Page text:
At Framework, we believe it is our responsibility to help foster the growth of the wider crypto industry. In an effort to be good stewards, we are constantly looking for ways to provide useful resources not only to our founders, but to the crypto community as a whole. Despite the incredible amount of talent that has poured into web3 over the last year, the hiring process for this nascent space remains fragmented and opaque, both for companies and potential employees. As such, using data collected as part of our bi-annual compensation survey, we’ve put together a community guide for compensation in crypto. We believe that this data represents one of the most comprehensive reports on crypto compensation among venture-backed crypto startups and will be hugely valuable for a number of constituencies.
While founders under The Framework Tent will be able to access the full report with higher fidelity data sets using their Founders Pass NFTs, we are making a few key takeaways available to the general public. We believe this data will be especially valuable for:
- Founders that are hiring early employees and scaling their teams
- Job seekers applying for roles or negotiating offers
- Students considering careers in crypto
Survey Methodology & Terminology
- Our team surveyed 18 Framework portfolio companies varying in size from 2 to 80 employees. As such, this data represents compensation from early and mid-stage companies that are all venture-backed.
- While we do not break out data by individual sector, Framework’s portfolio consists largely of DeFi, infrastructure, and web3 gaming companies.
- For the purpose of this report, “executives” refers to C-Suite titles and Heads of Primary Functions (Engineering, BD, Operations, etc). “Engineers” represents engineering and technical research roles and “Business Operations” is a broad term covering all non-executive, non-engineering roles.
- All data was collected in May and June of 2022.
- Data was collected from both centralized companies, referred to as “respondent companies”, and from decentralized protocols or DAOs, referred to as “respondent projects”.
Fiat is still king in the US, but stablecoins already have a huge presence internationally
Nearly all respondents with teams headquartered in the United States (>80%) offer USD as the primary payment option, often due to the convenience of using best-in-class payroll and employee benefits providers that are less likely to support stablecoins. However, these companies typically still offer USDC as an option for contractors, and may sometimes (though rarely) have full-time employees that are paid in USDC.
For international teams, the story is very different. ~50% of companies surveyed offer USDC or other stablecoins as the primary form of compensation for all employees, with nearly all offering an option for USDC payments, both for full-time employees and contractors. Around half of international companies denominate salaries in USD while the other half denominate in other local currencies.
Equity ownership and token allocations have some patterns but are highly-contextual to the company, stage, and entity structure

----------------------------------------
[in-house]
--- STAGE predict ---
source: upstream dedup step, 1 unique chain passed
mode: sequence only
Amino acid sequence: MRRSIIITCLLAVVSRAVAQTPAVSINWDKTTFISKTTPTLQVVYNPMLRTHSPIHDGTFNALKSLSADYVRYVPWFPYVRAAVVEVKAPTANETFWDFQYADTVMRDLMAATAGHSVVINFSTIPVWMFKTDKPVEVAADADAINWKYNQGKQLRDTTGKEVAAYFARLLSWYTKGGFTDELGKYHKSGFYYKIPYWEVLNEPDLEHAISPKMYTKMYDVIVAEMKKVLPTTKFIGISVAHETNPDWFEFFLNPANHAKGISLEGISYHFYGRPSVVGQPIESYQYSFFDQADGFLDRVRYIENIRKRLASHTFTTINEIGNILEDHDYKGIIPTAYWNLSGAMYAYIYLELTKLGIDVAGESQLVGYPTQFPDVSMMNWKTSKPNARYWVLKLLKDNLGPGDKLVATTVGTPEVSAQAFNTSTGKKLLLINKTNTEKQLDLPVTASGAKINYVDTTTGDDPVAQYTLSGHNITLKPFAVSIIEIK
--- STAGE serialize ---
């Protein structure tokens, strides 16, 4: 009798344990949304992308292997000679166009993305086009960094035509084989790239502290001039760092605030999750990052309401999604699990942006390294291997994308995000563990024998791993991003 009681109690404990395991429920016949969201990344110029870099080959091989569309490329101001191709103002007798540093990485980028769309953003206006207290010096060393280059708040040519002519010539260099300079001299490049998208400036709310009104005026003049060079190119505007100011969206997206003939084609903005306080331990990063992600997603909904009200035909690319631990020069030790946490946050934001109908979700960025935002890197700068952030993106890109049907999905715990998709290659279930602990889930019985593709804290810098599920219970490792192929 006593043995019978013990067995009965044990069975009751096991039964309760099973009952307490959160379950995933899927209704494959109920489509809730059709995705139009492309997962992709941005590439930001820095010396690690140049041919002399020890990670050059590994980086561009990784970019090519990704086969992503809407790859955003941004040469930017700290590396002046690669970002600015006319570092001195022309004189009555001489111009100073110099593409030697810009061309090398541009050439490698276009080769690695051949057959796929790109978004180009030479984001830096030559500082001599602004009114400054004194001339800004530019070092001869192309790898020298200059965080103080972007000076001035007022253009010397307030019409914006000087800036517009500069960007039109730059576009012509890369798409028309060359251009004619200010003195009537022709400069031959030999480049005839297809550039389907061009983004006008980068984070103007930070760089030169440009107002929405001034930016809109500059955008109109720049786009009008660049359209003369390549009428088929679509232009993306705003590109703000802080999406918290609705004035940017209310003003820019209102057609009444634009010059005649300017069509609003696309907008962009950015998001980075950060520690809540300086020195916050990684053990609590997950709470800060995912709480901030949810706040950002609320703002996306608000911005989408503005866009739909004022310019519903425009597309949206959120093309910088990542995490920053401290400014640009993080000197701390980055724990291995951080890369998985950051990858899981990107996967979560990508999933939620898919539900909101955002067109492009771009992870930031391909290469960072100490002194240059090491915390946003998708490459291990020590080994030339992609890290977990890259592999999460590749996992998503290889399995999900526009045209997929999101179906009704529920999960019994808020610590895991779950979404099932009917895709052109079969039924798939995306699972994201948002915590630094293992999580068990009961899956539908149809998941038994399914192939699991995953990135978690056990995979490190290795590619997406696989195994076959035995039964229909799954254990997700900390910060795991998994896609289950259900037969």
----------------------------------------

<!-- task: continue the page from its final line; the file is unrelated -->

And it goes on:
Tokens afford holders opportunities to utilize and participate in networks and/or DAOs. Equity represents ownership in a centralized company or entity. Both tokens and equity can be utilized to incentivise and compensate contributors to and/or employees of the applicable network or company. However, the distribution of tokens vs. equity on an employee-by-employee (or contributor-by-contributor) basis can vary greatly. Though our survey showed that token and equity compensation is highly-dependent on the individual company, there were still some relevant takeaways:
- US-based teams were much less likely to have launched a token or even have plans to launch a token in the future. Of the internationally-based projects, more than 25% have launched a token and most are considering a launch in the future. Earlier-stage companies are much less likely to have launched a token.
- For decentralized networks or DAOs, token ownership (vs equity) is the standard way of incentivizing employees.
- When comparing employee compensation arrangements that offer a % of equity in a company with arrangements that instead offer a % of an early stage project’s max token supply, we found that the ratio of equity ownership by percentage was approximately twice as large compared to the typical percentage of token ownership.
- For example, an early software engineer working at a DAO might have a compensation package that includes ~0.5% of the max supply of the protocol’s tokens. If the same software engineer were working at an equity-based company, she might instead receive 1% of equity ownership in the company.
- Over time, equity ownership gets diluted considerably whereas token ownership is set based on the max token supply. Both equity ownership in companies and token ownership in DAOs are stage-specific (i.e. earlier = more ownership) but this is especially dramatic in DAOs, likely due to the lack of dilution. For example, a senior employee at a Series B/C stage company earning 2% equity ownership is conceivable, whereas the same employee earning 1% of a late-stage DAO’s max token supply would be unlikely.
- It's worth noting that the above mentioned dilution data only applies to token-based projects with a fixed token supply. Dilution of token ownership is still possible amongst projects that have inflationary token supplies.
- Our survey results indicate that vesting schedules for both equity and tokens in web3 mostly mirror the industry standard in web2, i.e. a 1 year cliff on 4 years of total vesting. However, it's worth noting that token vesting schedules vary more based on the project, with some offering 2 year vesting periods with either 1 year cliff or no cliff at all. Additionally, in both 2-year and 4 year token vesting periods, even vested tokens are sometimes locked for a future period, though they may be used on the protocol itself for staking, delegation, voting, and more.